Date of Award


Degree Name

Master of Arts




Ernesto Castaneda


This thesis attempts to solve the question of why, despite the efforts of many social activists, there is not a unified social movement in Ciudad Juárez, México. My hypothesis is that social activists who are able to distinguish between a collective project and a personal project are more likely to create a successful social movement than those who tie their public identity with their personal identity. The reason seems to be that individuals who do not make this distinction are not able or willing to create networks beyond their ideologies, as well as beyond their personal direct influence and control, hence limiting the possibility of influence of their social organization in a larger political scene. This limitation seems to have prevented social organizations from creating a unified social movement.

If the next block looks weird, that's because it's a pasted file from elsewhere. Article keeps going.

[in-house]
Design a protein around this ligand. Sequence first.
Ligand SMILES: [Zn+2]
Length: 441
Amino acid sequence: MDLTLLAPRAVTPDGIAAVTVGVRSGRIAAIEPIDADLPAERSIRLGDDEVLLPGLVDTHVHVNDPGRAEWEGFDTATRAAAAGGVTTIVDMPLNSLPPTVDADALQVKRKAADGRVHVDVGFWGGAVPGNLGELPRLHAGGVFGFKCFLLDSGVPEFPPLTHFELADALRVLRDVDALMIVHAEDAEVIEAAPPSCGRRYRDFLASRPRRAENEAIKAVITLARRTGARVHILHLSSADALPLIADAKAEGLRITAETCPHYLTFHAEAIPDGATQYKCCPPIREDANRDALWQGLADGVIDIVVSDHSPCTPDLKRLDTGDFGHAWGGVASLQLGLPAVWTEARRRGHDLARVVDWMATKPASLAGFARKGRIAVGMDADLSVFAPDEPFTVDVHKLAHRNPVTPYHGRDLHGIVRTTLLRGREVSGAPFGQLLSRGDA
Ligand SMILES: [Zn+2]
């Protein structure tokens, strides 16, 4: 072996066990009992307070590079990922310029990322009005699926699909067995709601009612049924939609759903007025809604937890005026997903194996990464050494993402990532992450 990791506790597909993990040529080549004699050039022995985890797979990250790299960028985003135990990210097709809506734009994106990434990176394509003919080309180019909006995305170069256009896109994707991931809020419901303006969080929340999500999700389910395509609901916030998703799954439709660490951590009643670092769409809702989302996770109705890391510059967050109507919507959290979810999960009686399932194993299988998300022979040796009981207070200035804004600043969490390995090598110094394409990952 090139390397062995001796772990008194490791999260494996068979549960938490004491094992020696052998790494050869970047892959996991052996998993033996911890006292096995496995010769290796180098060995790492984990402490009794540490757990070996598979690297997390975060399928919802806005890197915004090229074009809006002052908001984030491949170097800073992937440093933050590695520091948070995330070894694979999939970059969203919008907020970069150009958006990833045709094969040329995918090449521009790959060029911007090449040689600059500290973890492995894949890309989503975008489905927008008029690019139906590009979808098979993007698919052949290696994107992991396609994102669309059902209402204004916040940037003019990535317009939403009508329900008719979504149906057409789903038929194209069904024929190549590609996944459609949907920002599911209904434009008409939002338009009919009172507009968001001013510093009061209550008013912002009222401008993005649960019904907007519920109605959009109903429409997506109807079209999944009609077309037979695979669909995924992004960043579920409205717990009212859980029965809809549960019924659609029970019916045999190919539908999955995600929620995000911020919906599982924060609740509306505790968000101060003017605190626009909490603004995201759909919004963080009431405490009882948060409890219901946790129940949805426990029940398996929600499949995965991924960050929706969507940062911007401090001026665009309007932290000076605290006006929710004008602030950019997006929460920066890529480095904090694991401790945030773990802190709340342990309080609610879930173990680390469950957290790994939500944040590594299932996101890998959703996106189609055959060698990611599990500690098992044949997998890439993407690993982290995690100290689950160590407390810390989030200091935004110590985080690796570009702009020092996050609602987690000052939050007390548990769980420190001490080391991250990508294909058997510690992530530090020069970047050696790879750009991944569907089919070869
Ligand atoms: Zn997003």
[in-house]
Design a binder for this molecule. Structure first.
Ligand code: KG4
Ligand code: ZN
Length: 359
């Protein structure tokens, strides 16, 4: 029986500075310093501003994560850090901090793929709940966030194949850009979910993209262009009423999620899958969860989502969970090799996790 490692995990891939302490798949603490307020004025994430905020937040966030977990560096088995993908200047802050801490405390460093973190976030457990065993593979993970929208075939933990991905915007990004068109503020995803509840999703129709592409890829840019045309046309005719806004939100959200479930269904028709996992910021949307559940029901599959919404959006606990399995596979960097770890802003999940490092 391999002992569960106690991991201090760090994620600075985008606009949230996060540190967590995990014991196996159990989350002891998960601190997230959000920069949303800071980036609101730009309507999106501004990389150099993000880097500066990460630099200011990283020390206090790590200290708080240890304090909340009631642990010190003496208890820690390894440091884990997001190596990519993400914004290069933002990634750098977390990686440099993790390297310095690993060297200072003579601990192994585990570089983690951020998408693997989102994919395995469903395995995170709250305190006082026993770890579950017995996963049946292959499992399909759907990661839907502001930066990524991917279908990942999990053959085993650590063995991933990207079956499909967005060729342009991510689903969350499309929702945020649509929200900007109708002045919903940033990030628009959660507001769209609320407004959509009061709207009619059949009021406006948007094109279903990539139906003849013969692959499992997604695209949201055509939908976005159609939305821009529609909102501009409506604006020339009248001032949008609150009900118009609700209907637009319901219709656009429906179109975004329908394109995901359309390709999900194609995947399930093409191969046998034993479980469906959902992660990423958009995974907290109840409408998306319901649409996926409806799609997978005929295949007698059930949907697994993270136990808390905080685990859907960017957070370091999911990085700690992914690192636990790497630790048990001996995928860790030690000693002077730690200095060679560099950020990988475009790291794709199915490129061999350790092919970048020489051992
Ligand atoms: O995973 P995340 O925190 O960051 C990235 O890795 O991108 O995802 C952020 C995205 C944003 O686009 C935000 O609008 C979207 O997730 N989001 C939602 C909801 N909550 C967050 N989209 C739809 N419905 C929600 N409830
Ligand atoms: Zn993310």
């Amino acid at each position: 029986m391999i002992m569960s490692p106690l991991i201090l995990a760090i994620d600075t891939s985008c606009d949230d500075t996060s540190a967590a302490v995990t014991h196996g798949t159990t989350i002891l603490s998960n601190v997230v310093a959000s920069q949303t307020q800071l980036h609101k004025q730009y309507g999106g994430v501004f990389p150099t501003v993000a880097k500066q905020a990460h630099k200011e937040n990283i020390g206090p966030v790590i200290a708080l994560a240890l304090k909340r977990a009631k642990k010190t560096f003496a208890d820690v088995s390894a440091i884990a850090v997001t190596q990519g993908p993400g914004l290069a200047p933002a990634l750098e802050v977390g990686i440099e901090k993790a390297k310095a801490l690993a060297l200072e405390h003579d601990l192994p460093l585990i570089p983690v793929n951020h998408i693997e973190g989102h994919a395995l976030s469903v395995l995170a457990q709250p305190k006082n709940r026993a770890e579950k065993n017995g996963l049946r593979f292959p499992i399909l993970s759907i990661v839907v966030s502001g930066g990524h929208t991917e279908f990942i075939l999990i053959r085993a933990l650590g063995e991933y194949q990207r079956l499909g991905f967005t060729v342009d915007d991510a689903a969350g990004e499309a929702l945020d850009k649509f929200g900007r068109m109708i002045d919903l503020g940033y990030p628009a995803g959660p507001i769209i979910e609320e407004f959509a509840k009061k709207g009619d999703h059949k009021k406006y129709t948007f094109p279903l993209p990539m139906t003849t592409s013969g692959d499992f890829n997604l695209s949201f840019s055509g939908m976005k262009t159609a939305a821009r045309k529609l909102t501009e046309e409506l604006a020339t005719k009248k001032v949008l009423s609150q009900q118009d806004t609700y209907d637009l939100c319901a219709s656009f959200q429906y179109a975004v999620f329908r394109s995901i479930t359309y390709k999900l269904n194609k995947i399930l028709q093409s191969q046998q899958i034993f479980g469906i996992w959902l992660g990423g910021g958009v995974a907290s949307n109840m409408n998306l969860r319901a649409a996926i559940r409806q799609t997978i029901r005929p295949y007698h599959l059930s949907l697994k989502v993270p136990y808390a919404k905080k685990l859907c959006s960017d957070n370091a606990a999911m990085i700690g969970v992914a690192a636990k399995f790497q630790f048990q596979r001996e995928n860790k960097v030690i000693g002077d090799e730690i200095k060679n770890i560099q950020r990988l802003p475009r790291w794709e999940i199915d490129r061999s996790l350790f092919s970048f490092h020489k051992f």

My data was collected through in-depth interviews as well as participant observations. The interviewees were chosen through snowball and purposive sampling. Interviews were done with key, representative social activists from August 2011 to July 2012. Participant observation was made during organizational meetings and events. To some degree, I have participated in and analyzed social movements on the border of Ciudad Juárez, México -El Paso, TX for over seven years. Through my analysis, I find that there are different types of participants in the social organizations. I propose a typology of social activists. The first one is faddish activist, then occasional activists, followed by part-time activist, and finally core activist. I focus this study on core activists and their role in creating strong social movements.

Keywords: Social Movements, Ciudad Juárez, México, Solidarity, Social Activists




Received from ProQuest

File Size

139 pages

File Format


Rights Holder

Luis Diaz